Dopamine is a neurotransmitter that is directly involved in motor activity, motivation and reward, and cognition. The dopamine transporter is expressed on the plasma membrane of dopamine neurons and is responsible for clearing dopamine released into the extracellular space, thereby regulating neurotransmission. The dopamine transporter plays a significant role in neuropsychiatric diseases, such as Parkinson’s disease, drug abuse (especially cocaine addiction), Attention Deficit Disorder/Attention Deficit Hyperactivity Disorder (ADD/ADHD), narcolepsy and a number of other CNS disorders. Therefore, the dopamine transporter is a target for research and potential therapeutics for the treatment of these indications.
Benztropine and its analogs are an important class of dopamine transport inhibitors that are indicated for the treatment of cocaine abuse and ADHD. They bind with high affinity to the dopamine transporter and block dopamine uptake, but generally do not produce behavioral effects comparable to those produced by cocaine. In animal models of drug abuse, many benztropine analogs have been shown to 1) reduce cocaine-induced locomotor stimulation, 2) have long-lasting effects, and 3) lack a significant abuse liability. This suggests they may be useful medications for the treatment of human diseases where dopamine-related behavior is compromised, especially in situations in which an (partial) agonist treatment is indicated.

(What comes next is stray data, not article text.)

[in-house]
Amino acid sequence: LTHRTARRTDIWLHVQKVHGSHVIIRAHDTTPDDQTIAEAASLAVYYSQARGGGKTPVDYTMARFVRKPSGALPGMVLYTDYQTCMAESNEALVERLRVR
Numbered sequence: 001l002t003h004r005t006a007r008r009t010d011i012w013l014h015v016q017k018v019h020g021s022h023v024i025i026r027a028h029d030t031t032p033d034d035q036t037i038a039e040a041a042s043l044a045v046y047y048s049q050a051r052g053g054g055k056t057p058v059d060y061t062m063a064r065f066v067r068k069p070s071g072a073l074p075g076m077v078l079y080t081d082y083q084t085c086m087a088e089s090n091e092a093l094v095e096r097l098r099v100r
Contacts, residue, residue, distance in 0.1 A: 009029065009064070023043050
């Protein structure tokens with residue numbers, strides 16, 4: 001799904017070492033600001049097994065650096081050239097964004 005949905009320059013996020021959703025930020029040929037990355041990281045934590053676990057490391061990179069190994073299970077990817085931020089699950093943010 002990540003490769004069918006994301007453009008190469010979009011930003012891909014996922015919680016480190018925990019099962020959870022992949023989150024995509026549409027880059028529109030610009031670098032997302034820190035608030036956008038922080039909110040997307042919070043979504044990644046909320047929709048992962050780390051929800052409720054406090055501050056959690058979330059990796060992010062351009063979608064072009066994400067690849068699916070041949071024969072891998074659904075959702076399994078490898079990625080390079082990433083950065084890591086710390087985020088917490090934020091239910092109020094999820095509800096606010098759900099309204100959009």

However, some of the reported analogs have limited or poor solubility in aqueous systems or poor stability characteristics. To remedy this, the 3-position benzhydrylether moiety of the benztropine analogs was replaced with the isosteric benzhydrylamine system in order to reduce hydrolysis of the less stable ether function, observed in the benztropine series, and further reduce lipophilicity to ultimately increase water solubility and bioavailability for improved therapeutic formulation and utility.
P Grundt; TA Kopajtic, JL Katz, AH Newman. N-8-substituted-benztropinamine analogs as selective dopamine transporter ligands. Bioorg Med Chem Lett. 2005 Dec 15;15(24):5419-5423. [PubMed abs]
Amy H. Newman et al. (NIDA)
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